Gotu Kola

Last Updated: September 28 2022

Centella asiatica (Gotu Kola) is a traditional medicine mainly renowned for its cognitive enhancing properties (usually alongside bacopa monnieri) and its ability to regenerate wound healing. It appears effective on both parameters in preclinical evidence, and may also be anti-rheumatic.

Gotu Kola is most often used for.

Don't miss out on the latest research

Become an Examine Insider for FREE to stay on top of the latest nutrition research, supplement myths, and more


    Sources and Structure



    Centella asiatica (of the family Apiaceae, also known as Umbellifere[1]) is a rasayana herb from Ayurveda that is also referred to as Gotu kola (from Traditional Chinese Medicine[1]), Indian Pennywort, Jal Brahmi and Mandookaparni[2] as well as the Japanese term 'Tsubokusa'.[3] It is botanically synonymous with Hydrocotyle asiatica[4] and a few of its names (Indian Pennywort and Brahmi) and ranks (Aindri, Medhya Rasayana) are used synonymously with Bacopa monnieri, as the two have an intertwined medicinal history.[1]

    This herb appears to be traditionally used for leprosy, varicose veins, a 'blood purifier', ulcers, lupus and certain eczemas, general longevity, and of mental retardation[4][1] as well as one of its more popular usages being both internal and topical use for skin health (wound, scar, and burn healing).[5] It is commonly used alongside bacopa monnieri for the purpose of cognitive enhancement, insofar that the term 'Brahmi' (used to refer to bacopa monnieri) sometimes is used to refer to the combination of the two herbs.[6]

    The herb itself has been reported to be tasteless and odorless with small fan-shaped green leaves with white or light purple-to-pink or white flowers; it bears small oval shaped fruits and grows in watery areas.[1]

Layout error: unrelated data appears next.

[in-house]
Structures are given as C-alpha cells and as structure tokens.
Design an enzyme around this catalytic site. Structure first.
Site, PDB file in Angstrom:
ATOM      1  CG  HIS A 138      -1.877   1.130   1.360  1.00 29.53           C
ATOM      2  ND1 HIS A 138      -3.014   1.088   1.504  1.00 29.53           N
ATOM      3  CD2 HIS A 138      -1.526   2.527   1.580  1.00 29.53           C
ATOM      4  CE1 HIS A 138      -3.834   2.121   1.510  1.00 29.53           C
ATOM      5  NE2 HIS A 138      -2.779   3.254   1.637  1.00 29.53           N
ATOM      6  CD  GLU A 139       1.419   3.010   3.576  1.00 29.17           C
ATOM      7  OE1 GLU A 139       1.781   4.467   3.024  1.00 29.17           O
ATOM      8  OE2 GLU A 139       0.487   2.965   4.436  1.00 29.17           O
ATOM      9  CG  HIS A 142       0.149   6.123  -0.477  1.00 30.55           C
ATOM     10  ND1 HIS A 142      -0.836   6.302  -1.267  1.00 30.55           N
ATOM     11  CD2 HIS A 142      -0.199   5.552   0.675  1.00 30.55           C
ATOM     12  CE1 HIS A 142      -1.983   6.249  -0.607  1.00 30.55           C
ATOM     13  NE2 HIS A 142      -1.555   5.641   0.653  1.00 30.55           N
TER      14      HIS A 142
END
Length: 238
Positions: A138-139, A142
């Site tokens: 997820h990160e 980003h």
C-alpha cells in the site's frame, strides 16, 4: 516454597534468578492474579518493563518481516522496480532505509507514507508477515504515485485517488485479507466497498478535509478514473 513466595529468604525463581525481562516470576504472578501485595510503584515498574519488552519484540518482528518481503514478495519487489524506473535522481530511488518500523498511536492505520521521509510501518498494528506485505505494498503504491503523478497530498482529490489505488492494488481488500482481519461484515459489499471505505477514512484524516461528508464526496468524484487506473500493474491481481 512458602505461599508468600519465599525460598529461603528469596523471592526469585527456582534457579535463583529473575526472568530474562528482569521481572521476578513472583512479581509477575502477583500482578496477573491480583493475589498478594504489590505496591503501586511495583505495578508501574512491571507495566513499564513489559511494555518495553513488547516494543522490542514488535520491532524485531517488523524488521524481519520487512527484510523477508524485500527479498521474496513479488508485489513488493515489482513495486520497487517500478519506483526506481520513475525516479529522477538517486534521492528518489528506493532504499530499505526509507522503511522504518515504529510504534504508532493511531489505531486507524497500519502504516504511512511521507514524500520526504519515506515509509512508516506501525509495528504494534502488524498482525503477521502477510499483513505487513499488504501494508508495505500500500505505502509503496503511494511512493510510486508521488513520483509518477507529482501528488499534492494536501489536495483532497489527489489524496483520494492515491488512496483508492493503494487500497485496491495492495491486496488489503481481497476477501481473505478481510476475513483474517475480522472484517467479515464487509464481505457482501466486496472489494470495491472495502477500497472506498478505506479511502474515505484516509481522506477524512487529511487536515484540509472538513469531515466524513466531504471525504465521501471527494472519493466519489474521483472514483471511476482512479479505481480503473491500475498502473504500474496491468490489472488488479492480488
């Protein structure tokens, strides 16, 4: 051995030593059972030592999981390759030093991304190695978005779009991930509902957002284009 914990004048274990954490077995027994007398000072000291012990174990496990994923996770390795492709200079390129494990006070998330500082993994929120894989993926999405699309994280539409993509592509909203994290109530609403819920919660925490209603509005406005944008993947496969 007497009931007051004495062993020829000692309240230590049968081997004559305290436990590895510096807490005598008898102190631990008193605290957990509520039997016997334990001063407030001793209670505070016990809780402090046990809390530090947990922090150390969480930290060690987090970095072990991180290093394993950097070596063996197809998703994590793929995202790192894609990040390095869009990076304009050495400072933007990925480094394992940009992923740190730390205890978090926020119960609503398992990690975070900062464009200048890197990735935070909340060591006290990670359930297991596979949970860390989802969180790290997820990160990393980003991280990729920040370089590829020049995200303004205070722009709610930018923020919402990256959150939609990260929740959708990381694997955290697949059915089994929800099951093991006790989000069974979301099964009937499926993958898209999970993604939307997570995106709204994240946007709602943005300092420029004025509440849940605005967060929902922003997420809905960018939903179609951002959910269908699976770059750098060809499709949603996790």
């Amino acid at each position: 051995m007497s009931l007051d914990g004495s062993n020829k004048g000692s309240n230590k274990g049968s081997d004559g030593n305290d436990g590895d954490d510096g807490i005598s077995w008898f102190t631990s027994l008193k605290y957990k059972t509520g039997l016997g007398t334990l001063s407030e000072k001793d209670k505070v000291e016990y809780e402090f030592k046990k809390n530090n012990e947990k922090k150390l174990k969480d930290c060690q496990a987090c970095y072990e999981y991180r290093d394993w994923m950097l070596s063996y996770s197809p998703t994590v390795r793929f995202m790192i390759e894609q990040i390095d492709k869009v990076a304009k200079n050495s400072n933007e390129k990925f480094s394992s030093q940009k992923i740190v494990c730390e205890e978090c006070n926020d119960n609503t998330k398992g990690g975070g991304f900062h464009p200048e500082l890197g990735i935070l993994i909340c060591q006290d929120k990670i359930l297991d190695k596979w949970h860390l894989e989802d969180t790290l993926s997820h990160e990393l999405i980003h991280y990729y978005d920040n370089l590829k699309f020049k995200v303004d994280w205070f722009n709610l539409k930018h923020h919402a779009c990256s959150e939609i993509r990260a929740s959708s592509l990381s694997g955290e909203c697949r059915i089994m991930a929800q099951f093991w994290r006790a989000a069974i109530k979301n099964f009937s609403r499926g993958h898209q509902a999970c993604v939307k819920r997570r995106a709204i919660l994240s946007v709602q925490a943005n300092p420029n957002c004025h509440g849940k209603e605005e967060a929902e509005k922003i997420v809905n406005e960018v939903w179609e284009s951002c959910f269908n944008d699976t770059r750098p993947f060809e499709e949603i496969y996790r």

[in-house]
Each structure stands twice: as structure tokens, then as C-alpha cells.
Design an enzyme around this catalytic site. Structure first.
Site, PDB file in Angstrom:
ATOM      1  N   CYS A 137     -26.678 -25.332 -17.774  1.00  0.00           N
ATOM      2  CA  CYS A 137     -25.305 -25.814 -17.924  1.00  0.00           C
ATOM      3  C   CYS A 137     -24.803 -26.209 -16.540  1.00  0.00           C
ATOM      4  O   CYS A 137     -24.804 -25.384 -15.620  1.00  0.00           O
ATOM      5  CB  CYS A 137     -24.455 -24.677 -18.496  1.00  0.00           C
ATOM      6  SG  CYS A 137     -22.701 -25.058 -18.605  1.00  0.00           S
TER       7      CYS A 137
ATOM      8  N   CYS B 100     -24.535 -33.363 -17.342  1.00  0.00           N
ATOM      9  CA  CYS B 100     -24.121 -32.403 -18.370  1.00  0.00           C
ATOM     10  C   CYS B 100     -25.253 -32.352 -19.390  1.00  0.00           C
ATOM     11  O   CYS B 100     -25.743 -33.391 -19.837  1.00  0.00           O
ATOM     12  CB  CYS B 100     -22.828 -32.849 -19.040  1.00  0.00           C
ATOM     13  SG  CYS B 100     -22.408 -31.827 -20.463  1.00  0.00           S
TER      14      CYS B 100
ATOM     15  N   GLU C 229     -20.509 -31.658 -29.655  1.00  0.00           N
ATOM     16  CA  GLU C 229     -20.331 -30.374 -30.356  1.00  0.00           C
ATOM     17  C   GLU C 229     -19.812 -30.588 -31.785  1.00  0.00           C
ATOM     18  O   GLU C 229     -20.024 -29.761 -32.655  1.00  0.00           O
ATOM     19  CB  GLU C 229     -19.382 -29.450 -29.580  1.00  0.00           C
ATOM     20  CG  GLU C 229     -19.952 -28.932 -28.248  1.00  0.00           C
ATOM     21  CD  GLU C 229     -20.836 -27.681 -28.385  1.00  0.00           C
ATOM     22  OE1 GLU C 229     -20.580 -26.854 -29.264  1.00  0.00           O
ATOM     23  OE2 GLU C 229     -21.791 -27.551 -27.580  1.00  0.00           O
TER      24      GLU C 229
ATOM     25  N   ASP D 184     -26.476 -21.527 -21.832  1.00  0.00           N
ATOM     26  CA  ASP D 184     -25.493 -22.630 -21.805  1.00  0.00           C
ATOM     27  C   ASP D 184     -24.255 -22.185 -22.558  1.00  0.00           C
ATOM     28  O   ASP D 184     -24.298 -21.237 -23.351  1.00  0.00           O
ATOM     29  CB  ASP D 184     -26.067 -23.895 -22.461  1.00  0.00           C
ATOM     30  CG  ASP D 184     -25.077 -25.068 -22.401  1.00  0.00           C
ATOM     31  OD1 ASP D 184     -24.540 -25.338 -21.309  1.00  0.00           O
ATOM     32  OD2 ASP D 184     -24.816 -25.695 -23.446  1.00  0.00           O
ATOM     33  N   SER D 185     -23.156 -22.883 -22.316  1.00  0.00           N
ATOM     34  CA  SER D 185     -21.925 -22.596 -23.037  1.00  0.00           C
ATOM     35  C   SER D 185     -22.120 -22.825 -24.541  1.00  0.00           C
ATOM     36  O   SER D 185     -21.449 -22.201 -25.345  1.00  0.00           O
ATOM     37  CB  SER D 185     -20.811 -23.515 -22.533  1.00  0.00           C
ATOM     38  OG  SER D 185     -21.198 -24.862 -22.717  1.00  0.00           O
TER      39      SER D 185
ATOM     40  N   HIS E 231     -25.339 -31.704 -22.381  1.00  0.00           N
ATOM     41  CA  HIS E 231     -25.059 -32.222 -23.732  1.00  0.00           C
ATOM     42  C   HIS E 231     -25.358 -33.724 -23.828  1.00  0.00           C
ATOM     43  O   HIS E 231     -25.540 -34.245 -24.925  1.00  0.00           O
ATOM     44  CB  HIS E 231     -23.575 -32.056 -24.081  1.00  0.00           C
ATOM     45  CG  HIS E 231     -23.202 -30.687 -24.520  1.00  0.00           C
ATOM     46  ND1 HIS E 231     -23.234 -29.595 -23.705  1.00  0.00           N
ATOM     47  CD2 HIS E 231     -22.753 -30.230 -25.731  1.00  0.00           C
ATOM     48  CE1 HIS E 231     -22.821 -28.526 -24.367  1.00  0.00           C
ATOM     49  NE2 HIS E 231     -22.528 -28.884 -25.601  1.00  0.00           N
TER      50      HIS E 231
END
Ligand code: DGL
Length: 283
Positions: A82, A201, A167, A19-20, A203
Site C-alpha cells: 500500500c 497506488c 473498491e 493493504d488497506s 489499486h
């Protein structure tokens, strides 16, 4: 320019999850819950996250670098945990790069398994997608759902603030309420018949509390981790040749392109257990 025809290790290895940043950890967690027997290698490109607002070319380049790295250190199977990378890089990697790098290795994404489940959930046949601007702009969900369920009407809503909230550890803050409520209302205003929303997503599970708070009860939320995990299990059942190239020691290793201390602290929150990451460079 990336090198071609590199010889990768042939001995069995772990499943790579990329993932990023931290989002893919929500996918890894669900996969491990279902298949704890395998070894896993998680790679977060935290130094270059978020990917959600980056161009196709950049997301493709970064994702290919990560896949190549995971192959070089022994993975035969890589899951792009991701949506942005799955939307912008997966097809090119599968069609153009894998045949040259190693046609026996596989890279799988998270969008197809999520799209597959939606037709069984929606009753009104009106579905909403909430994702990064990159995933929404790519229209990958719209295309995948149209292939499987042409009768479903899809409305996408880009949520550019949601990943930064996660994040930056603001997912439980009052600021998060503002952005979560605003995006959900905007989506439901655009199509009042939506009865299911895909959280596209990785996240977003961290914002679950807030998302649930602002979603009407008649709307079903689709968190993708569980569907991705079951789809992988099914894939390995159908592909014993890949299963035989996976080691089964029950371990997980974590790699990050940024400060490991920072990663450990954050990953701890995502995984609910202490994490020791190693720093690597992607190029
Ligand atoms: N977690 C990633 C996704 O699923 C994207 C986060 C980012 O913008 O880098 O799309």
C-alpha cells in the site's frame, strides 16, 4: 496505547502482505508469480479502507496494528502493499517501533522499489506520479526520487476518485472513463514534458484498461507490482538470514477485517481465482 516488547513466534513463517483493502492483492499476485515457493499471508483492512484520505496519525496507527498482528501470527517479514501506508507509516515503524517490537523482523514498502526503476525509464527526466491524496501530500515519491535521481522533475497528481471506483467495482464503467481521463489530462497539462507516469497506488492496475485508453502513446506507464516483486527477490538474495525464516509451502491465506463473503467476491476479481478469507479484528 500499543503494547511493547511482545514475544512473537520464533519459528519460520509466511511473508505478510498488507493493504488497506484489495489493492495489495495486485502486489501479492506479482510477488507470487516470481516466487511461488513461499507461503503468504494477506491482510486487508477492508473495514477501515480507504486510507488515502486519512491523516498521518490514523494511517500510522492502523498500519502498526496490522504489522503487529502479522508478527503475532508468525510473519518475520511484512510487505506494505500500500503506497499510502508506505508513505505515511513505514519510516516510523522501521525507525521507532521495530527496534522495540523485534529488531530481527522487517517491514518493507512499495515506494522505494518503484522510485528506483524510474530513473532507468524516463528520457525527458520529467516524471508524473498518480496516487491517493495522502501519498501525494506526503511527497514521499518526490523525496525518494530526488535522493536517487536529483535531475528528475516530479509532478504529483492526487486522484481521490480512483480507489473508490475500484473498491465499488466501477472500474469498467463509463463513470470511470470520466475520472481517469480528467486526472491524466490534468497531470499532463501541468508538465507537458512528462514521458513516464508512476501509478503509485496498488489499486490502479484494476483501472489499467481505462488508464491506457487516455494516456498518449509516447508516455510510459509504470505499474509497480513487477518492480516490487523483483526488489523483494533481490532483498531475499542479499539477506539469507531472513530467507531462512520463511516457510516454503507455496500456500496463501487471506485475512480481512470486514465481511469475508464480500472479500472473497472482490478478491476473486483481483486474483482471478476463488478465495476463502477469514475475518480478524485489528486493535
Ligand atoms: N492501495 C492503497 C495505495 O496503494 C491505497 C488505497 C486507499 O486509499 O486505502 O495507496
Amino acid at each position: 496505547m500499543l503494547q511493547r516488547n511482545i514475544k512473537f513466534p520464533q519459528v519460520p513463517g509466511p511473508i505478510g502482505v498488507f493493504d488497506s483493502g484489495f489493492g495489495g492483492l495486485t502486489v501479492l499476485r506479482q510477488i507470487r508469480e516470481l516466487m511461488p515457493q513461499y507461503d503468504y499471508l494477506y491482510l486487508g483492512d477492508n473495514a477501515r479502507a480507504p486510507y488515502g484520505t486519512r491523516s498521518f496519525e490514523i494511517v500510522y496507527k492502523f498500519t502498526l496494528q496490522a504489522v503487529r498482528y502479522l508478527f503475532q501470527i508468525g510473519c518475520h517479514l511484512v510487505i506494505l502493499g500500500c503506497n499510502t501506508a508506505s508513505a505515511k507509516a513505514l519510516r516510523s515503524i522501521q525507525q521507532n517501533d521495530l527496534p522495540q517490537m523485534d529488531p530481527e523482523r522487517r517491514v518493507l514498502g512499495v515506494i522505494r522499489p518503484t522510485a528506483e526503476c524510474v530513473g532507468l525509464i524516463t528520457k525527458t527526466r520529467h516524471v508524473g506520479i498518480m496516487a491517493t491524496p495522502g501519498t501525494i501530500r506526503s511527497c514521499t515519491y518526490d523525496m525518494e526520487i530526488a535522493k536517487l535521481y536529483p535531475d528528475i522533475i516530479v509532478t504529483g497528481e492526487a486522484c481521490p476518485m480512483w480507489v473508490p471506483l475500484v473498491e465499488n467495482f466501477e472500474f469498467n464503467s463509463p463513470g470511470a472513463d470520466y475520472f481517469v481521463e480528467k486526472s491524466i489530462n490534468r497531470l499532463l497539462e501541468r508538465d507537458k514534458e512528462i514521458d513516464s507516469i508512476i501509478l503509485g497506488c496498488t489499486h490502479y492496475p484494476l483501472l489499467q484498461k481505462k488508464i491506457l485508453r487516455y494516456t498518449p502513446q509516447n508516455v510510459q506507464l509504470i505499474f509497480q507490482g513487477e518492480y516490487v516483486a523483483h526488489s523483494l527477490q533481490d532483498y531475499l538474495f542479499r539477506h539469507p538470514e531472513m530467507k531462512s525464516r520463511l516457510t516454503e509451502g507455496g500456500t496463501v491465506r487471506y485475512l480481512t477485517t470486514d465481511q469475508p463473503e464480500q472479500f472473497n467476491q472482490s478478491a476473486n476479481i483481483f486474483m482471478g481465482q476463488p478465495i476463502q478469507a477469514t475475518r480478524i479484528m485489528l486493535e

Centella asiatica is an ayurvedic herb that is seen as a cognitive enhancer, with its past being fairly intertwined with that of bacopa monnieri. Beyond neural regeneration, it appears to be used for purposes related to anti-inflammation (lupus and eczema), skin regeneration, and circulation (varicose veins)



    The aerial parts of centella asiatica tend to contain:

    • Asiatic acid (0.72-0.98% dry weight[7])[8] and its glycoside known as Asiaticoside (0.3% dry weight in chloroform, methanol, and ethyl acetate fractions yet 0.04% in water and ethanolic[4] but much higher (1.63-2%) in the plant extract[7]). Asiatic acid consists of 26.7% of the total triterpenoids[9]
    • Madecassic acid (0.72-0.95% dry weight[7]) and its glycoside Madecassoside (1.27-1.7%[7]); the isomer of Madecassoside being Asiaticoside B (or Terminoloside as a synonym)[7] and madecassic acid saponins consist of 25.53% total saponins[9]
    • Madasiatic acid,[10] Asiaticoside F-G,[11] quadranoside IV,[11] and Sceffoleoside A (0.0068%)[10]
    • Thankuniside and Isothankuniside (glycosides)[1]
    • Centellasaponins B (0.0063%), C (0.0084%), and D (0.0036%)[10] as well as Centellosides A and B[12]
    • Brahmoside and Brahminoside[1]
    • Ursolic acid (Triterpenoid)[8]
    • Other triterpenoids such as 2α,3β,20,23-tetrahydroxyurs-28-oic acid,[13] 11,12-dehydroursolic acid lactone, pomolic acid, corosolic acid, 2α,3α-dihydroxyurs-12-en-28-oic acid, and 3-epimaslinic acid[8]
    • Centellin and Centellicin[14]
    • Rosmarinic acid[8]
    • Ginsenosides Mc, Rk1, Rg5, Rd2, and Y[12]
    • (20R)-ginsenoside Rg3 and (20S)-ginsenoside Rg3[12]
    • Notoginsenoside ST-4 and Fe[12]
    • Gypenoside Iβ and η[12]
    • 8-acetoxy-1,9-pentadecadiene-4,6-diyn-3-ol[8]
    • The alkaloid hydrochotine[1]
    • Apigenin at a comparable concentration as bacopa monnieri[15]
    • Rutin (yet no Quercetin or Quercetrin content)[15]
    • Irbic acid (3,5-O-dicaffeoyl-4-O-malonilquinic acid)[16] and other phenolic acids including 3,5-Di-O-caffeoyl quinic acid, 1,5-di-O-caffeoyl quinic acid, 3,4-di-O-caffeoyl quinic acid, and 4,5-di-O-caffeoyl quinic acid[3]
    • Kaempferol,[3] kaempferol-3-O-β-D-glucoside,[3] and Castilliferol (ie. kaempferol-3-p-coumarate)[17]
    • Quercetin,[3] quercetin-3-O-β-D-glucoside,[3] and castillicetin (Quercetin-3-caffeate)[17]
    • Chlorogenic acid[3] and Isochlorogenic acid[17]
    • Cadiyenol[18]
    • Vitamin C at 255.7mg/100g (0.25%)[19]
    • β-carotene (42.5-73.7μg/g of the leaves[20]), trans-lutein (82.6-133.5μg/g[20]), trans-neoxanthin (5.9-14.2μg/g[20]), trans-violaxanthin (20.5-26.3μg/g[20]), and other unidentified carotenoid structures[20] with total carotenoid reaching 17.58mg/100g[19]
    • Anthocyanins at up to 37.6mg/100g[19]
    • Chlorophyll at 29.91mg/100g[19]